The common refrain is that an ounce of prevention is worth a pound of cure.
However, numerous studies have concluded that prevention doesn’t really save health care dollars. That’s because preventive medicine allows people to live longer, which will make them consume more health resources as they age. That may be a noble goal, but at least let’s be honest about it.
New York Governor David A. Paterson doesn’t seem to be getting the message, as he states, “Preventing illness is a good investment.”
Especially regarding his 18 percent tax on sugary soft drinks, there’s little evidence to show that it will work. This is because the value is difficult to measure: “People who are deterred from buying soda might substitute other sugary drinks. Students deprived of junk food might still nibble some of the candy they sell for school fund-raisers.”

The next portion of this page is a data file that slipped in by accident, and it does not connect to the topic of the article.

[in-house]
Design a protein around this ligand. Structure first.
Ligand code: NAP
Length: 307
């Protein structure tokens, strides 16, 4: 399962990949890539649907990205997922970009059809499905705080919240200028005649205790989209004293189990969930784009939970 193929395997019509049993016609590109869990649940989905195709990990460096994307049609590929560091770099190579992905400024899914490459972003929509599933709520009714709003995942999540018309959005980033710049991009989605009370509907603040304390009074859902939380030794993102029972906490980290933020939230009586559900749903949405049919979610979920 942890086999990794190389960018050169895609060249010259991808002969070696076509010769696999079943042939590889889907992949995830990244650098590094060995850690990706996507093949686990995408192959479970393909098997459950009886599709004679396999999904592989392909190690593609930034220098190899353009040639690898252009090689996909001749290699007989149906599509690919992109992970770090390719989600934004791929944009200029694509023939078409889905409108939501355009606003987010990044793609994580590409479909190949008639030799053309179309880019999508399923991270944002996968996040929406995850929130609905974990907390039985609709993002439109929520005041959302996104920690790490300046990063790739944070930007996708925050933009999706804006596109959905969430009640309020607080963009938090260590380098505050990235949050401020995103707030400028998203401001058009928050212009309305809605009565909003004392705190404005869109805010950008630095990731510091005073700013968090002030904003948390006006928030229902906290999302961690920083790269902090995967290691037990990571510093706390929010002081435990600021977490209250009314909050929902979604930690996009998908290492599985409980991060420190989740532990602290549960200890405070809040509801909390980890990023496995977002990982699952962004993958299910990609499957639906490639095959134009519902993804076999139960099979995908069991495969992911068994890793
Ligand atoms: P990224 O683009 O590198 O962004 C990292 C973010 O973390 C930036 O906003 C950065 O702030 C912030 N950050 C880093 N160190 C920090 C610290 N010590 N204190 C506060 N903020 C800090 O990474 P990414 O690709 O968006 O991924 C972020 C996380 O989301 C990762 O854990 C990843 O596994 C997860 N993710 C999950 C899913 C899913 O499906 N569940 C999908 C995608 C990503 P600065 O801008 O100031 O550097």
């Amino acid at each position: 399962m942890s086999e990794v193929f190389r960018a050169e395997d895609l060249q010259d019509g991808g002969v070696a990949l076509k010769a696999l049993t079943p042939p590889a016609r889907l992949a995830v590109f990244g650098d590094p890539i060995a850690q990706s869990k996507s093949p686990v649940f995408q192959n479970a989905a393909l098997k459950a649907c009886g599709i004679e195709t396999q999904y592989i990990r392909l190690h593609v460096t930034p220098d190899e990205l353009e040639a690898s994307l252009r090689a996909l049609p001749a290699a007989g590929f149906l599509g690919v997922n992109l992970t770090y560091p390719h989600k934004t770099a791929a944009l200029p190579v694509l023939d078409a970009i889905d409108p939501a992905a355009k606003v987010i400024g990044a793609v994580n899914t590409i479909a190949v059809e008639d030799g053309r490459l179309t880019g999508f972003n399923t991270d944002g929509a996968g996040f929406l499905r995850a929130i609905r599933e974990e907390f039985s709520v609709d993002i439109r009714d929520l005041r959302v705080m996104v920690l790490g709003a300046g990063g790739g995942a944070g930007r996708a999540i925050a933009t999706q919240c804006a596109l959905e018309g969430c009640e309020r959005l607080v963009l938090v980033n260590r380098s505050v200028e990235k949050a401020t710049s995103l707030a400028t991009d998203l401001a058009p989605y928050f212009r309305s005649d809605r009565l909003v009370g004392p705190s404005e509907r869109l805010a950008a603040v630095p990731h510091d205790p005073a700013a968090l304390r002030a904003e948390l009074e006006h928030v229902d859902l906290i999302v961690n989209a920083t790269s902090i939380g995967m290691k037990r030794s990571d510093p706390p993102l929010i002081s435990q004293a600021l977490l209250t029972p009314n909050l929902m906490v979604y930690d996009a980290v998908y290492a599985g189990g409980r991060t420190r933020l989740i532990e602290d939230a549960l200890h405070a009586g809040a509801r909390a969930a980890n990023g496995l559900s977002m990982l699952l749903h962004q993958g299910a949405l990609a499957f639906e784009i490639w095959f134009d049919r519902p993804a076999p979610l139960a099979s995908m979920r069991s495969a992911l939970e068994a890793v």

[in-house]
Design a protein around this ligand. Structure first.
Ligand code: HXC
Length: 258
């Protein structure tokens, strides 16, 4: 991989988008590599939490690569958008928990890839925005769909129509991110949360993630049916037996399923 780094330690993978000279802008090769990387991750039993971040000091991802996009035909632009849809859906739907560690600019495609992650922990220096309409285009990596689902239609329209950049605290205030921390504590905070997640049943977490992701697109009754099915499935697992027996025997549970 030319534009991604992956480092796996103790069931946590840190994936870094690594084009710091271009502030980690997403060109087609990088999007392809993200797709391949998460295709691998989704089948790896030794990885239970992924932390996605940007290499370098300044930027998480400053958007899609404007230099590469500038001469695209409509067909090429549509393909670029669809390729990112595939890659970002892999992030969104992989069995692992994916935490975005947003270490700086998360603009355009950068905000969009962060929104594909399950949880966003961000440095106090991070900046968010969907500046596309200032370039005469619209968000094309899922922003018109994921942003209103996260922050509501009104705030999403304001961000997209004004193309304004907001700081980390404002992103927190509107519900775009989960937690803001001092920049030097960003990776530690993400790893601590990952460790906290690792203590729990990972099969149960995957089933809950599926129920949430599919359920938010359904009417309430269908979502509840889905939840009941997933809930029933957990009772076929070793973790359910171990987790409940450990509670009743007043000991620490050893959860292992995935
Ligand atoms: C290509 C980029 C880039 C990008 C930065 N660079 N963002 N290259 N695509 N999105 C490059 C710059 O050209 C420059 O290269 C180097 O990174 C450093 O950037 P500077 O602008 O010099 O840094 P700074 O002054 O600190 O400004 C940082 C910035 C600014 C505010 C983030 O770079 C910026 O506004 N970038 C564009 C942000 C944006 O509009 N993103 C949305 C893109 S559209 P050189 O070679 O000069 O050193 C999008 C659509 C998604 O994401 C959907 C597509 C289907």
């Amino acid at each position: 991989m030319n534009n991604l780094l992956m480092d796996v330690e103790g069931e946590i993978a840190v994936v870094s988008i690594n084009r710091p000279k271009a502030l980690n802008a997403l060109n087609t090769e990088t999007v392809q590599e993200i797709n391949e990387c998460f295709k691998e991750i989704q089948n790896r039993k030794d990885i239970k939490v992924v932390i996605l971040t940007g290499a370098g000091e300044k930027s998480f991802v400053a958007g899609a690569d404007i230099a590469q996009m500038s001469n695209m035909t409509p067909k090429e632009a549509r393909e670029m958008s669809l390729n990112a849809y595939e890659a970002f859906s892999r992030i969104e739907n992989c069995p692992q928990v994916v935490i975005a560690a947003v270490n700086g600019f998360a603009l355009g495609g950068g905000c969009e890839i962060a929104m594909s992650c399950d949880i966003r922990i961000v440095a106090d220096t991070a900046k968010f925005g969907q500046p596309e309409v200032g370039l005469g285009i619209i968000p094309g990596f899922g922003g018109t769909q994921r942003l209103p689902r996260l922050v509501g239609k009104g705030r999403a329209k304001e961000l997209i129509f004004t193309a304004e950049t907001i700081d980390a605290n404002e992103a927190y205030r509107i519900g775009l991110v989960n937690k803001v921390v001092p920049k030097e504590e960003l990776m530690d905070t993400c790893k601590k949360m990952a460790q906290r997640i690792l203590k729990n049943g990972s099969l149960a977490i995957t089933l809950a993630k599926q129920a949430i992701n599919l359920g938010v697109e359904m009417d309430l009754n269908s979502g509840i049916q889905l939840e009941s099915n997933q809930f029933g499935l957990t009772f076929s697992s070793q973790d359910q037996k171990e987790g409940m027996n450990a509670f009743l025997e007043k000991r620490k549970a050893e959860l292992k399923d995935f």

Most health reform initiatives depend on “cost-cutting” from preventive medicine to pay for the plans. But advocate for preventive care because of desire for better health, not for cost savings. Doing so otherwise will only lead to fiscal disappointment.